-based
\smt
solver can
decide more formulas of the set of quantified bit-vector formulas from
the SMT-LIB benchmark library. An addition to this set of benchmarks,
we have gathered quantified formulas produced by the semi-symbolic
model checker
\SymDivine
, which uses quantified formulas to decide the
equality of two symbolic states. On this set of benchmarks, our solver
Q3B also has better performance than
\smt
solvers based on the
quantifier instantiation and bit-blasting. Table xxx shows the numbers
of formulas solved by each solver and Figure yyy presents a cactus
plot of cpu-times needed to solve these formulas.
Our experimental evaluation has shown that a
\bdd
-based
\smt
solver
can decide more formulas of the set of quantified bit-vector formulas
from the SMT-LIB benchmark library~
\cite
{
BST10
}
. An addition to this
set of benchmarks, we have gathered quantified formulas produced by
the semi-symbolic model checker
\SymDivine
~
\cite
{
BHB14
}
, which uses
quantified formulas to decide the equality of two symbolic states. On
this set of benchmarks, our solver Q3B also has better performance
than
\smt
solvers based on the quantifier instantiation and
bit-blasting. Table
\ref
{
tbl:results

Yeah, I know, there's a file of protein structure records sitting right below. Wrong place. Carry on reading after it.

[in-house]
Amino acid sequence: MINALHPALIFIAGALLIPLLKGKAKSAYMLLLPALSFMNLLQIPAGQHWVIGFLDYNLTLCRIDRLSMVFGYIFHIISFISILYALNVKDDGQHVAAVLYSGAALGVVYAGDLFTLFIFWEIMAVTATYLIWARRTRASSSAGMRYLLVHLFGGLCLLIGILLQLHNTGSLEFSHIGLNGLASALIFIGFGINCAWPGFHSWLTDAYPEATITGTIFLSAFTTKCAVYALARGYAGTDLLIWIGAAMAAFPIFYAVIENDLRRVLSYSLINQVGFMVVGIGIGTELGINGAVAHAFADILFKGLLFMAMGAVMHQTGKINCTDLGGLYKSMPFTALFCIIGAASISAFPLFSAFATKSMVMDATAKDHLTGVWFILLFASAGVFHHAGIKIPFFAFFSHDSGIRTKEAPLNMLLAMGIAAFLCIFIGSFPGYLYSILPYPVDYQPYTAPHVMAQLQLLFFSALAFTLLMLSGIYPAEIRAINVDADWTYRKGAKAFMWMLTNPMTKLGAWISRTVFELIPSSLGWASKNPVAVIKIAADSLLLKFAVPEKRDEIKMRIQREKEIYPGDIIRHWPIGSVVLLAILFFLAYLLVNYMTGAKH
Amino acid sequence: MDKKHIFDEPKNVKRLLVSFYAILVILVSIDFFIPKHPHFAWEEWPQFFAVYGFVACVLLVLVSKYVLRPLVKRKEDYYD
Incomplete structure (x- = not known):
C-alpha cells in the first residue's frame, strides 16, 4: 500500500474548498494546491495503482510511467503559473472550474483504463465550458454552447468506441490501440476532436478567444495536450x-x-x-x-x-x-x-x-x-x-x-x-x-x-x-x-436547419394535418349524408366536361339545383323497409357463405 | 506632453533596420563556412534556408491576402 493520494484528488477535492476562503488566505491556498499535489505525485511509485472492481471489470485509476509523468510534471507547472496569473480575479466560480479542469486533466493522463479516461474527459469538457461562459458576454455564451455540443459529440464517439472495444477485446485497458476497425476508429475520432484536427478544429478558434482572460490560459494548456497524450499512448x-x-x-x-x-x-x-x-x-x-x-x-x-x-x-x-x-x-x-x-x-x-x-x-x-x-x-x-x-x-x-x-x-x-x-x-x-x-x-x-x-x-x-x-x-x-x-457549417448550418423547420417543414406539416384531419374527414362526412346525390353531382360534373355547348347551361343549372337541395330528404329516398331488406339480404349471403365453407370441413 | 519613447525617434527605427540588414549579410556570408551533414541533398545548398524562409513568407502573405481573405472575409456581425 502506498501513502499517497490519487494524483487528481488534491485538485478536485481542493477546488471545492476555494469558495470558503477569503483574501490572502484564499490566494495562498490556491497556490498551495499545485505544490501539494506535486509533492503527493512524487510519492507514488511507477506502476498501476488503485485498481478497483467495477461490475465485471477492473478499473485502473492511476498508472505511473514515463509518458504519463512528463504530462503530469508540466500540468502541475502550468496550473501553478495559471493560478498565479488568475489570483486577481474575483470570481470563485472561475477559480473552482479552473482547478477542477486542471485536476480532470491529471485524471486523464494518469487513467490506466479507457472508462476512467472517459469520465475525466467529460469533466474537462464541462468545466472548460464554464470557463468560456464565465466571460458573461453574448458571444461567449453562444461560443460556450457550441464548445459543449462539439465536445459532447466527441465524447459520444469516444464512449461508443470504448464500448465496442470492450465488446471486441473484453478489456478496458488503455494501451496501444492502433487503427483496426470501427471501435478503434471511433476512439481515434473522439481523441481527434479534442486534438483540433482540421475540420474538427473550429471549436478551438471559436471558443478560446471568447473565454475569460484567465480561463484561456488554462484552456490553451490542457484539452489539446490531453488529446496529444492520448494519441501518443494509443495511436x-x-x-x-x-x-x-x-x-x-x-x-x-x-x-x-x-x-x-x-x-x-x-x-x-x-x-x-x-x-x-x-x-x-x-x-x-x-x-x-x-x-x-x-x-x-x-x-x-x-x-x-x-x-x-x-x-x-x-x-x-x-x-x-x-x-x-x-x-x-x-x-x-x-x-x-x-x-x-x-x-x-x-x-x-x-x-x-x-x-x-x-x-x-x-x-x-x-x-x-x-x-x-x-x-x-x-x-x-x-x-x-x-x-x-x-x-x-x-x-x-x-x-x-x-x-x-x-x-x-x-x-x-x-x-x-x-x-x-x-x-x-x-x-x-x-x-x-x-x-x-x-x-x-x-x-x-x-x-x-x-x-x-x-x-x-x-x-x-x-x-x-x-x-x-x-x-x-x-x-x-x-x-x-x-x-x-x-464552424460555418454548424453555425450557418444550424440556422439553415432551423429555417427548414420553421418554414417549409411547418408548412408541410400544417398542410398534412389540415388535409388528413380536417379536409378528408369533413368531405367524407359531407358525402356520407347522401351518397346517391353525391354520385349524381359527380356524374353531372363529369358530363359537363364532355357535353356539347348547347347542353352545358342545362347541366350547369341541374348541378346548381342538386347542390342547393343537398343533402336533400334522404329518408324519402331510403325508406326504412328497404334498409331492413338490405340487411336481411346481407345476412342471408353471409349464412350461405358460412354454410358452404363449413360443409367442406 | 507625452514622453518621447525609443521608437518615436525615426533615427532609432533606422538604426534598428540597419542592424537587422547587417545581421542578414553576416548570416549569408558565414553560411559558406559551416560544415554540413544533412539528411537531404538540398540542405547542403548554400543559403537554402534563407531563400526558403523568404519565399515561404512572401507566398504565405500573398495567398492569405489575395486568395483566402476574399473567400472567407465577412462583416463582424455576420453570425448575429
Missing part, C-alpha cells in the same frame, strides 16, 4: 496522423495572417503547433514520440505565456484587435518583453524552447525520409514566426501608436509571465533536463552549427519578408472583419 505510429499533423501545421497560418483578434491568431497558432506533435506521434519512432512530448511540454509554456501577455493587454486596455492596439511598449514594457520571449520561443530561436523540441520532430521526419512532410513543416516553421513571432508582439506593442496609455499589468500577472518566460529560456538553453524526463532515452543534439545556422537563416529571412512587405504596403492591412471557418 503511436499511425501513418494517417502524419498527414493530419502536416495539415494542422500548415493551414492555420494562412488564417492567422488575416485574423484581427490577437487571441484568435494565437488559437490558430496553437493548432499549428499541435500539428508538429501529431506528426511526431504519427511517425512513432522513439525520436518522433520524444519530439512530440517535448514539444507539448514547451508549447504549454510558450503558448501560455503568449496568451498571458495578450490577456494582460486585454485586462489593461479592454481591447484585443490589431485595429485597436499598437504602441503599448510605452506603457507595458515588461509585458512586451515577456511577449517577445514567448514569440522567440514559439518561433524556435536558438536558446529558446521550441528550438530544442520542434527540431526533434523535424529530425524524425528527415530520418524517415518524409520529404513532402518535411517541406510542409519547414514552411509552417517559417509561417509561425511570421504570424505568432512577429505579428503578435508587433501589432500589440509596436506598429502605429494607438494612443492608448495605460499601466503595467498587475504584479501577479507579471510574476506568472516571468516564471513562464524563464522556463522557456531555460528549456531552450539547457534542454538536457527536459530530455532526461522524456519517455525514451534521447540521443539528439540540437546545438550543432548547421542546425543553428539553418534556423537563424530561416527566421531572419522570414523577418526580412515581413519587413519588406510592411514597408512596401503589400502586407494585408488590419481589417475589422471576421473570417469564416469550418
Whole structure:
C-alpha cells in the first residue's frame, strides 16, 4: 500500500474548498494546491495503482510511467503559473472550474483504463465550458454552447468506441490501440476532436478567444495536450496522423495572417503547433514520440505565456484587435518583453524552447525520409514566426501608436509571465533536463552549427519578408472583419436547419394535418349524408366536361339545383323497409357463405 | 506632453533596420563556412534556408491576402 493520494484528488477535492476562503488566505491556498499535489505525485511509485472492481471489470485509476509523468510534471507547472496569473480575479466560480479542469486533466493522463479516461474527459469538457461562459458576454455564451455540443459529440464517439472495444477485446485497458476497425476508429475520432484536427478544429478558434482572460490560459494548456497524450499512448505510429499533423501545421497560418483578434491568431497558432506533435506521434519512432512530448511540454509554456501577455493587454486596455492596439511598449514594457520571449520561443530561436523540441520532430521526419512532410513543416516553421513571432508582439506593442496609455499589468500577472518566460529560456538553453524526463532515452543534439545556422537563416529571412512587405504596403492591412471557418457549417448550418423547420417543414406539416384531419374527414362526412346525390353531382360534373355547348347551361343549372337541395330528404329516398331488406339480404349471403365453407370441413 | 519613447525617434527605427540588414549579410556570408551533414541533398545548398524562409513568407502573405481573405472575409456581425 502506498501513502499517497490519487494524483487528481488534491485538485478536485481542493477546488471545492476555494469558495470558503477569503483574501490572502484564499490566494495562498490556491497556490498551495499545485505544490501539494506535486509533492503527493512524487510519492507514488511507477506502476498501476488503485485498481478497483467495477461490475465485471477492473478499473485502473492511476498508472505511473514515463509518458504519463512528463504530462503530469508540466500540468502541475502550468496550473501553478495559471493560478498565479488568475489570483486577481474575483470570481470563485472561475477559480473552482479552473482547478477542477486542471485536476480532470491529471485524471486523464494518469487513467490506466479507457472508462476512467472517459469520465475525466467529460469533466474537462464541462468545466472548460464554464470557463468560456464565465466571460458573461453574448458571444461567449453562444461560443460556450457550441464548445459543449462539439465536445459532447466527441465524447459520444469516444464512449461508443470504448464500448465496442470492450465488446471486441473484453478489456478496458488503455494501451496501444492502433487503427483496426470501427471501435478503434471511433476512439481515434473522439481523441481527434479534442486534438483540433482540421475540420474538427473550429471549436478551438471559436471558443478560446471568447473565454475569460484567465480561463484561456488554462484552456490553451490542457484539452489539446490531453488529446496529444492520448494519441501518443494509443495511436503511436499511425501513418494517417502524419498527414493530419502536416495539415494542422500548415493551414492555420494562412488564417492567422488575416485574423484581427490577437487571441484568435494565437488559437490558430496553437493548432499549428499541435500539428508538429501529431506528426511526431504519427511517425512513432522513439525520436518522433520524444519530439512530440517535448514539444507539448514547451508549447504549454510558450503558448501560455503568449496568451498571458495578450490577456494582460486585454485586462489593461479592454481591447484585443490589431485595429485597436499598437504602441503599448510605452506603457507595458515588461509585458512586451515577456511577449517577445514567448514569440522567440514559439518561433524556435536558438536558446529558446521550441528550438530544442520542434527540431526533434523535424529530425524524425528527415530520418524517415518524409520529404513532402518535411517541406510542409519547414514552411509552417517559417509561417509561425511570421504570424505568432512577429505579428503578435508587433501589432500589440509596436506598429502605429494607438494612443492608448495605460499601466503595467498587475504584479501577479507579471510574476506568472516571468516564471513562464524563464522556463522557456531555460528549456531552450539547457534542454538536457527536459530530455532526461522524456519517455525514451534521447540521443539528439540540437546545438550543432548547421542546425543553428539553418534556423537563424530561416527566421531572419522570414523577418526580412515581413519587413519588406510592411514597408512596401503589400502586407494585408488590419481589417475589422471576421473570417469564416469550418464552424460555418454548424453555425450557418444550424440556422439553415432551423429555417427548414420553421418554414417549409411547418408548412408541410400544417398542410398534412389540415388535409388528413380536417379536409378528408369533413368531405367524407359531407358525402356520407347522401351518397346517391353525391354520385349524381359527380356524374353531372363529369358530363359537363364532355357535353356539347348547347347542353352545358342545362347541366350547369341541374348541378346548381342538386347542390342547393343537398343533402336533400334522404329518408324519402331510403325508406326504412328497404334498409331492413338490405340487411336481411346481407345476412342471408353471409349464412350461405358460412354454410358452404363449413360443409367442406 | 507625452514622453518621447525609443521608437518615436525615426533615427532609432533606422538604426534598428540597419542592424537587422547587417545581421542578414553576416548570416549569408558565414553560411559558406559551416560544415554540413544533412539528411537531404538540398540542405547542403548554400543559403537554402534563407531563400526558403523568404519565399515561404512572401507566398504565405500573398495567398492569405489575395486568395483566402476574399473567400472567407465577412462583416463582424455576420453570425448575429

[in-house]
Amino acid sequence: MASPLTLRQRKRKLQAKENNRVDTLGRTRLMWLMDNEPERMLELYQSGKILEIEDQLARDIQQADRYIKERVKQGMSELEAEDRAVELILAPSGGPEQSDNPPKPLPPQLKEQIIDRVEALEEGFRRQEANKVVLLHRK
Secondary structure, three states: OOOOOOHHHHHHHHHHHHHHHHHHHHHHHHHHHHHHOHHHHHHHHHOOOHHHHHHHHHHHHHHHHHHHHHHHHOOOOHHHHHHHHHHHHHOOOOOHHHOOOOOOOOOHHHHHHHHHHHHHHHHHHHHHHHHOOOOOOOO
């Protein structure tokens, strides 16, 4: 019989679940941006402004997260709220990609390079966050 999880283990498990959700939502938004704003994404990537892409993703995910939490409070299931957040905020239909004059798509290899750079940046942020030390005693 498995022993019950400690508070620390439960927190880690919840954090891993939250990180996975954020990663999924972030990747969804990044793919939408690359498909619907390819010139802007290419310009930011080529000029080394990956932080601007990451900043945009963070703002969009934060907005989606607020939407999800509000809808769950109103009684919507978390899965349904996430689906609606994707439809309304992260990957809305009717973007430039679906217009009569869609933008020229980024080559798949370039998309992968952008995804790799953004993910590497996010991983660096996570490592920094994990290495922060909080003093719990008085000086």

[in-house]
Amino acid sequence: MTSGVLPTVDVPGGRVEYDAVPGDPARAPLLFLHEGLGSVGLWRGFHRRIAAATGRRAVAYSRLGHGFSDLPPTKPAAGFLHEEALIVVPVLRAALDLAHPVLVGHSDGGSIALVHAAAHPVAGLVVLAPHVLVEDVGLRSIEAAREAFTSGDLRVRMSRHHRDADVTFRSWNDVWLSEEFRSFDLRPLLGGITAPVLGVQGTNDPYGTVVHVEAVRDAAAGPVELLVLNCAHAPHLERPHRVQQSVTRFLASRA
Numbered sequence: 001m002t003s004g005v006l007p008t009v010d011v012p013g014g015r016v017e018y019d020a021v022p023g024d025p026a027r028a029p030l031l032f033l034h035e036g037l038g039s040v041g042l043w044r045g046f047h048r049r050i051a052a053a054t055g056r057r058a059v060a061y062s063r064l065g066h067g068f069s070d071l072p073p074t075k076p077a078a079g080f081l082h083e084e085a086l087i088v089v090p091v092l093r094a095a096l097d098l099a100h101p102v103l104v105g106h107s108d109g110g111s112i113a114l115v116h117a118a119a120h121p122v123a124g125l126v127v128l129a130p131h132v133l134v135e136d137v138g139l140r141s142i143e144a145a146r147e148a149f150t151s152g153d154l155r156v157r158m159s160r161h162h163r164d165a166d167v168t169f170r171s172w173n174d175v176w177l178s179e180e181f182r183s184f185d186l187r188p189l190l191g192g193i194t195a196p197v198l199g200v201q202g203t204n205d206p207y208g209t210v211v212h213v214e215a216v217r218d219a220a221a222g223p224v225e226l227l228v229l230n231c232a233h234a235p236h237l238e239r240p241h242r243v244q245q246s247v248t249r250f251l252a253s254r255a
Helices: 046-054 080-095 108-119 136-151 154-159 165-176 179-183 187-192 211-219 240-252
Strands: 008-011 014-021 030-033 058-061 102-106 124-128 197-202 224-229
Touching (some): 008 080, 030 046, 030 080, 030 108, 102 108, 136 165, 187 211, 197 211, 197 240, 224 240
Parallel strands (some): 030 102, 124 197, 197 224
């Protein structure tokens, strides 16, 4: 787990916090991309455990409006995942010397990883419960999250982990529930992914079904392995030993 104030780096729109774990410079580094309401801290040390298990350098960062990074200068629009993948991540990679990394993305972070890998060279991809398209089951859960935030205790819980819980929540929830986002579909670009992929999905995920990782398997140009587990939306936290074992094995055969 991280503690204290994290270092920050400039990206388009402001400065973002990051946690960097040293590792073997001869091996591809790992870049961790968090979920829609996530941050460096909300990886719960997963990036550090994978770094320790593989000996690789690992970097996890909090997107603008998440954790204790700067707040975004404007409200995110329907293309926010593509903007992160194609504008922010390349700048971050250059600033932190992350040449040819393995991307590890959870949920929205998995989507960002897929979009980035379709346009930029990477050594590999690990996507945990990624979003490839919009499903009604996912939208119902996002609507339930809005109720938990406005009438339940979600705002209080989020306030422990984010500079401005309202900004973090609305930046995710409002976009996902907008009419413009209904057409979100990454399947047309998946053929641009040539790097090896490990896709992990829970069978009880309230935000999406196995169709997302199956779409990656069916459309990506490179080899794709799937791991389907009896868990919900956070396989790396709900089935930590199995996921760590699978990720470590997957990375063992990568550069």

}
shows the numbers of formulas
solved by each solver and figure
\ref
{
fig:quantilePlots
}
presents a
quantile plot of CPU times needed to solve these formulas.
\begin{table}
\checkoddpage
...
...
@@ -239,9 +238,9 @@ plot of cpu-times needed to solve these formulas.
\cmidrule
(l)
{
8-11
}
&
&
sat
&
unsat
&
unknown
&
timeout
&
&
sat
&
unsat
&
unknown
&
timeout
\\
\midrule
CVC4
&
&
29
&
55
&
32
&
75
&
&
1
\,
124
&
3
\,
845
&
2
&
490
\\
Z3
&
&
71
&
93
&
5
&
22
&
&
1
\,
135
&
4
\,
162
&
22
&
142
\\
Q3B
&
&
\text
bf
{
94
}
&
\text
bf
{
94
}
&
0
&
3
&
&
\text
bf
{
1
\,
137
}
&
\text
bf
{
4
\,
202
}
&
0
&
122
\\
CVC4
&
&
$
29
$
&
$
55
$
&
$
32
$
&
$
75
$
&
&
$
1
\,
124
$
&
$
3
\,
845
$
&
$
2
$
&
$
490
$
\\
Z3
&
&
$
71
$
&
$
93
$
&
$
5
$
&
$
22
$
&
&
$
1
\,
135
$
&
$
4
\,
162
$
&
$
22
$
&
$
142
$
\\
Q3B
&
&
$
\math
bf
{
94
}
$
&
$
\math
bf
{
94
}
$
&
$
0
$
&
$
3
$
&
&
$
\math
bf
{
1
\,
137
}
$
&
$
\math
bf
{
4
\,
202
}
$
&
$
0
$
&
$
122
$
\\
\bottomrule
\end{tabularx}
\end{center}
...
...
@@ -275,17 +274,17 @@ plot of cpu-times needed to solve these formulas.
\end{figure}
Recently, this results was confirmed by the
\smt
competition 2016 --
our solver is the winner of the
category of solvers for quantified-bit
vectors. Table xxx
shows official results
of the competition. The
benchmarks
are divided into two
categorie
s, with
\emph
{
known
}
and
\emph
{
unknown
}
status. A benchmark has known status if at least two
solvers in the
previous year of the competition agreed whether the
benchmark is
satisfiable or unsatisfiable. The results show that Q3B
c
an
solve as many
benchmarks as other solvers, but solves them in the
our solver is the winner of the
quantified-bit vectors category. Table
\ref
{
tbl:smtcomp
}
shows official results
for this category. The benchmarks
are divided into two
group
s, with
\emph
{
known
}
and
\emph
{
unknown
}
status. A benchmark has
a
known status if at least two
solvers in the
previous year of the competition agreed whether the